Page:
Although the "applications" employed by the professional media industry are thought to be much better than the crude and unsystematic structure where users scribed information onto a 3x5 index card, wrote onto a label or made a simple note on the outside of a VHS cassette sleeve, in many cases, there still remains little to no positive association between the tape media stored on the cassette, the written text on that sleeve, and any form of database or cataloging. This is where the need for media asset management has emerged, and with the concepts in metadata rooted in place, the issues become all the more important to the long-term integrity of this information.
Prior to video-based imaging, and still continuing today, frame-oriented emulsion-based film storage was the demonstrative method for permanent preservation of the moving image. Videotape offered a more flexible and reusable alternative to film, but the introduction of optical disc-based storage changed the metaphor, creating the ability to access content at a random location, permitting rapid accessibility and allowing for retrieve, exchange and storage of media on a relatively small form factor. This non-linear paradigm has since changed the media presentation forever; however, it has also opened an entirely new set of challenges in asset management.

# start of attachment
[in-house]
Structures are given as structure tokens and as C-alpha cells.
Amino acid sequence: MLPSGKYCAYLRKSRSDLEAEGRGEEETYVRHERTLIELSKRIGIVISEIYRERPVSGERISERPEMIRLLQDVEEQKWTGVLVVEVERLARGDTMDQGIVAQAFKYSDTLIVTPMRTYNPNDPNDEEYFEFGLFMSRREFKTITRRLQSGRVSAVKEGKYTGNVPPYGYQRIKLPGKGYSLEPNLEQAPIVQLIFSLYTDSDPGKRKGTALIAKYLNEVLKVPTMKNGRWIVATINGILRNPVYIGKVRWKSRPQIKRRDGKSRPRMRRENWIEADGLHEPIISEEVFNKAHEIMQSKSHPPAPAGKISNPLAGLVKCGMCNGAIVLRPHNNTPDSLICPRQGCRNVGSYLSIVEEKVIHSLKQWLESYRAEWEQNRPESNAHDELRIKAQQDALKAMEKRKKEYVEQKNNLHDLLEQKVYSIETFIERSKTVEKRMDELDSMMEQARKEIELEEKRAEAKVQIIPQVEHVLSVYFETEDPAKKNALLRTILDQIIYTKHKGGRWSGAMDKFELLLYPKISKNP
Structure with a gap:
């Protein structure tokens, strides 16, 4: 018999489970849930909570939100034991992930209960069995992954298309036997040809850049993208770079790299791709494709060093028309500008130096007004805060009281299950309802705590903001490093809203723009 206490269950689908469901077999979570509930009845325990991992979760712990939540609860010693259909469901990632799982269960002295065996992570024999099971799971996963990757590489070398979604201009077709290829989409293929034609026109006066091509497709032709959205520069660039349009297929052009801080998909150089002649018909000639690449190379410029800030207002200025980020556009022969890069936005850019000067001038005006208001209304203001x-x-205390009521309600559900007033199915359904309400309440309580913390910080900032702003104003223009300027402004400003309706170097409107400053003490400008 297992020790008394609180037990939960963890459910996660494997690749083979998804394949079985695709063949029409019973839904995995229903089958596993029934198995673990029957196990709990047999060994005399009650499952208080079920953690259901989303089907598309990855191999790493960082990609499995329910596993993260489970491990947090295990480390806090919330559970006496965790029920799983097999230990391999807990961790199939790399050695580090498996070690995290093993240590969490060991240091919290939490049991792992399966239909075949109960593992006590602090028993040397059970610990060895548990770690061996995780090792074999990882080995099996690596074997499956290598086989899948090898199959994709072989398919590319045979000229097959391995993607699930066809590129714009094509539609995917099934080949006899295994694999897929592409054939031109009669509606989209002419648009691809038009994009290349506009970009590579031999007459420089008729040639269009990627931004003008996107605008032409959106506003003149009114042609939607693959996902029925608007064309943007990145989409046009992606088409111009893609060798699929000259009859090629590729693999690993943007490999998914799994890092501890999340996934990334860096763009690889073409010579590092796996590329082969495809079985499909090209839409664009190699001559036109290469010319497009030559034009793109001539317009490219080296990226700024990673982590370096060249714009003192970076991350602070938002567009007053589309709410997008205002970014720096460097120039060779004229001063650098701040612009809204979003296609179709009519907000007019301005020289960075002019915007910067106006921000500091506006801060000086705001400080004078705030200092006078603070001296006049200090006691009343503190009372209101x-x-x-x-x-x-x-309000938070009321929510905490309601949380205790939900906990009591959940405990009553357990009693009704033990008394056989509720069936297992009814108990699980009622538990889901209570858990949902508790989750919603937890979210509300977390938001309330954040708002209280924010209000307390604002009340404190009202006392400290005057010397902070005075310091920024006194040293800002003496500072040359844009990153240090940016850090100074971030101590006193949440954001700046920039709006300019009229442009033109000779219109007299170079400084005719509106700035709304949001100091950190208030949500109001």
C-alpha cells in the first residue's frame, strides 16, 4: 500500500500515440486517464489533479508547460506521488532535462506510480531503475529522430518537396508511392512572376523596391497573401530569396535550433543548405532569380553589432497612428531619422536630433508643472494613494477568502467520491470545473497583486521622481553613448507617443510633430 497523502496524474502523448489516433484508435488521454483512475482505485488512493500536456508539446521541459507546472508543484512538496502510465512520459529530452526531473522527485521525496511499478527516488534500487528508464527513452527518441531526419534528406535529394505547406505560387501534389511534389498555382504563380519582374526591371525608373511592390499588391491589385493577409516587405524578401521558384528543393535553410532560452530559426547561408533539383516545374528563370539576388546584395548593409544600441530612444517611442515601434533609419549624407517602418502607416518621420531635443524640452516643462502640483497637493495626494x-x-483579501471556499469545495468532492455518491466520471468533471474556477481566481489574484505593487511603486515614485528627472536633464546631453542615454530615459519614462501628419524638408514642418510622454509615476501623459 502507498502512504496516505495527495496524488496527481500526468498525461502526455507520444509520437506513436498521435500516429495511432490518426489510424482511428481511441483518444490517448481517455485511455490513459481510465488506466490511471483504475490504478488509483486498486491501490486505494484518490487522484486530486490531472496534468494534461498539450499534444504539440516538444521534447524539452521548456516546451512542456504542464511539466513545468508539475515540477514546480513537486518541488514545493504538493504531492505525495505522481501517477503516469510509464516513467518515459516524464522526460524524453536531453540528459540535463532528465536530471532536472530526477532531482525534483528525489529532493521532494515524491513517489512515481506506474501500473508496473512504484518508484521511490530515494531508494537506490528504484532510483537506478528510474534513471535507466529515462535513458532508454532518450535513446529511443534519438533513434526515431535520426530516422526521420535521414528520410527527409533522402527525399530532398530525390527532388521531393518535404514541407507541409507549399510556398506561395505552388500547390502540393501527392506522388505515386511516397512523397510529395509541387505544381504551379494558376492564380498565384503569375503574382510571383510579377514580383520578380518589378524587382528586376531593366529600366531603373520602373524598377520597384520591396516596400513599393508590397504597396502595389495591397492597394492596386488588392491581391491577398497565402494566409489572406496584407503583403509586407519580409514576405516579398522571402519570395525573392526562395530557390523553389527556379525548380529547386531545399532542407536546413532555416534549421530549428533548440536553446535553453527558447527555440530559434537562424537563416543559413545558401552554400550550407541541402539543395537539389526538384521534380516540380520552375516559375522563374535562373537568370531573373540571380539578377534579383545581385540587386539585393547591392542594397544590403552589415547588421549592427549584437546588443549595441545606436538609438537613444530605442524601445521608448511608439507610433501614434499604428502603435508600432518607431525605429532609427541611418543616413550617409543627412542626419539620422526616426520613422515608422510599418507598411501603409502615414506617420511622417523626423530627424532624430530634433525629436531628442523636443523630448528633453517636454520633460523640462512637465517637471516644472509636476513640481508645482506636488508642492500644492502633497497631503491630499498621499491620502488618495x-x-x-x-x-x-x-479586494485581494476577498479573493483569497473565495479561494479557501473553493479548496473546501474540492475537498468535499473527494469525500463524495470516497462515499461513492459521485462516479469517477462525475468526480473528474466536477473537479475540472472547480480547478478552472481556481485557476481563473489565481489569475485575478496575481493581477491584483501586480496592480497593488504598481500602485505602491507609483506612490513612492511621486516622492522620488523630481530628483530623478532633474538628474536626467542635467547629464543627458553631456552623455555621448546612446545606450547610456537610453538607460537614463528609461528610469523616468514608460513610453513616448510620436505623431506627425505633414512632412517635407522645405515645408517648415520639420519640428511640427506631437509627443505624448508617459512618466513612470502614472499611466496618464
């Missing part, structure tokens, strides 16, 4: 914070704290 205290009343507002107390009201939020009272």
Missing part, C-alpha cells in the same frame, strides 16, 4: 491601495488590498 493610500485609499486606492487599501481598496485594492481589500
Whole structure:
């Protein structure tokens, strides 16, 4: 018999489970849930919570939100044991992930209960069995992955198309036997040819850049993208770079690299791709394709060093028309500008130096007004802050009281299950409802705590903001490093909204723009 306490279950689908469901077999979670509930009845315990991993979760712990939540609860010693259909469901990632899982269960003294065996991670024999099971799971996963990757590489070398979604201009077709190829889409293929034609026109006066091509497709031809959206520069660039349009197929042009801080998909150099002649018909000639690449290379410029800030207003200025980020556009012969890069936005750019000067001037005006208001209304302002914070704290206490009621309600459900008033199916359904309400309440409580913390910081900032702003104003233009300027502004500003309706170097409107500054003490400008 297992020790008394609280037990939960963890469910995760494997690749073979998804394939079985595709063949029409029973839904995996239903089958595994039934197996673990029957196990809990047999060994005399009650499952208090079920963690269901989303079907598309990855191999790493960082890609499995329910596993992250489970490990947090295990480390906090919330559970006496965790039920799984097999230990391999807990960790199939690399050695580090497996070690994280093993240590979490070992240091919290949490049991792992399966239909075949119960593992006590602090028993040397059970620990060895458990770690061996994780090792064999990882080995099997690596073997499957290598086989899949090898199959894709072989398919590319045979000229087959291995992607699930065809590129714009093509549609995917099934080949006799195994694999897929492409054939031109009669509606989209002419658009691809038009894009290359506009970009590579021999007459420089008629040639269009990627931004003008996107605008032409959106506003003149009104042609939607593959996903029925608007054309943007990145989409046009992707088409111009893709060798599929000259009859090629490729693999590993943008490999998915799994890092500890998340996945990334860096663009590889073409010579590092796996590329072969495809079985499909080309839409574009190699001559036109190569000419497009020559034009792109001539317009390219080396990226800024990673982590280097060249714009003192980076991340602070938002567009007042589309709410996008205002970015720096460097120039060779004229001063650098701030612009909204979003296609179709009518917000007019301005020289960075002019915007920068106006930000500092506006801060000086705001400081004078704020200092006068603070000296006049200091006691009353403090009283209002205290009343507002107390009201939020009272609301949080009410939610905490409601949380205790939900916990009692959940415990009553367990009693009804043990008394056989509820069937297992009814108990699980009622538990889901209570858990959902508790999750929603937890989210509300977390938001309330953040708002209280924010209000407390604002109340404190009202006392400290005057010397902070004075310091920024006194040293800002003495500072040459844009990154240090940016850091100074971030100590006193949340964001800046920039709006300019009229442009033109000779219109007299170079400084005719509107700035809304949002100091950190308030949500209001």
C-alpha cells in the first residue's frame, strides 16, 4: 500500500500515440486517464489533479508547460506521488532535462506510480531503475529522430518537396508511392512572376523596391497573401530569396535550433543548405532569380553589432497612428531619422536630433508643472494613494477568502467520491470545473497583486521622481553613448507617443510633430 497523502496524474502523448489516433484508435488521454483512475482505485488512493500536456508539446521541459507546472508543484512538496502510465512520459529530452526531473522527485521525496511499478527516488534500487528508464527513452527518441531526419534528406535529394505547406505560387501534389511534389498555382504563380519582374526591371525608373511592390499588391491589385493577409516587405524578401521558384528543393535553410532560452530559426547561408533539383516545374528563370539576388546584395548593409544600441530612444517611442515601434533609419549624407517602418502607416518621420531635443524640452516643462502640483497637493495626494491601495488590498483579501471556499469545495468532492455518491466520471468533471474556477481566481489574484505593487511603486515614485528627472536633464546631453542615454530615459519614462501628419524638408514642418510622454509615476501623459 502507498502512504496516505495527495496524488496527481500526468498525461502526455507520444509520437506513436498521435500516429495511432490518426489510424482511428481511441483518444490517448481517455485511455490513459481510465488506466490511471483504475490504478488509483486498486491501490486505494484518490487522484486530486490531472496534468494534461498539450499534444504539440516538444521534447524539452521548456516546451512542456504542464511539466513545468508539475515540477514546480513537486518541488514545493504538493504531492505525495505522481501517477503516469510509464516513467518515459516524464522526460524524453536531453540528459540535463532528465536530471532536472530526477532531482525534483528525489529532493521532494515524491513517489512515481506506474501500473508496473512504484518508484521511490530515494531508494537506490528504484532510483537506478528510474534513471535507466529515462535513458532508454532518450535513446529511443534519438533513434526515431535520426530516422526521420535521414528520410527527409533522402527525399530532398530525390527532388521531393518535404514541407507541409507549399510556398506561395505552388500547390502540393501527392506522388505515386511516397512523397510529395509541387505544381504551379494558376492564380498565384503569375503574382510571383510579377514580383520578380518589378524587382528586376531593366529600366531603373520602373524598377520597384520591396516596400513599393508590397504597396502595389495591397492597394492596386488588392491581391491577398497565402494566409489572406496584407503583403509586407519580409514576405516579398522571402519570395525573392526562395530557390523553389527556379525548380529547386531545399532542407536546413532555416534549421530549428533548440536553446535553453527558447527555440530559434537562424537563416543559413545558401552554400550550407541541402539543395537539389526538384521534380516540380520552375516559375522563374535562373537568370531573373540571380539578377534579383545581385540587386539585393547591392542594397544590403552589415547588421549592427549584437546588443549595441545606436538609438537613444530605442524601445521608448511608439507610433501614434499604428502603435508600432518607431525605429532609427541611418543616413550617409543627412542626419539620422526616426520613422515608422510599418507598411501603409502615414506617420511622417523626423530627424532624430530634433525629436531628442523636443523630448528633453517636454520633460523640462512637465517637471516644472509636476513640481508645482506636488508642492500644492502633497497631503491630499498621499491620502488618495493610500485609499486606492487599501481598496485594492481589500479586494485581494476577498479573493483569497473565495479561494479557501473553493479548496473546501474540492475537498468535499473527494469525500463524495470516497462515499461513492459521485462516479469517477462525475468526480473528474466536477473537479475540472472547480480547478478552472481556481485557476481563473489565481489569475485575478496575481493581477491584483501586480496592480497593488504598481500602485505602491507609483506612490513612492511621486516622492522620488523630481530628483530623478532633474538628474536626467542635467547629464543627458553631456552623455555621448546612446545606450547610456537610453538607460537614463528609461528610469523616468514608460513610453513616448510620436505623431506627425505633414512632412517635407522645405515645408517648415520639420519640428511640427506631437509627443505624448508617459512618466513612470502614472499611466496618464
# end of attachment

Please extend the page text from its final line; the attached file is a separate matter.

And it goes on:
Before compressed motion imaging, analog laserdiscs and magneto-optical (MO) permitted near-permanent storage of motion images and multimedia graphic content. In its heyday, the laserdisc with its indexing capabilities married to frame-based images carried its own set of metadata that provided annotation and in turn automation of the presentation. Using a predecessor to media management, images could be rearranged to produce interactive program sets extending the applications of the disc-based images to full-featured entertainment, instructional education and to a more long-term and permanent storage means for archival purposes. The audience could further influence the presentation through a set of interactive commands tailored to the application, presentation or subject matter. In its simplest sense, the data necessary to accomplish these tasks became the roots of early asset management.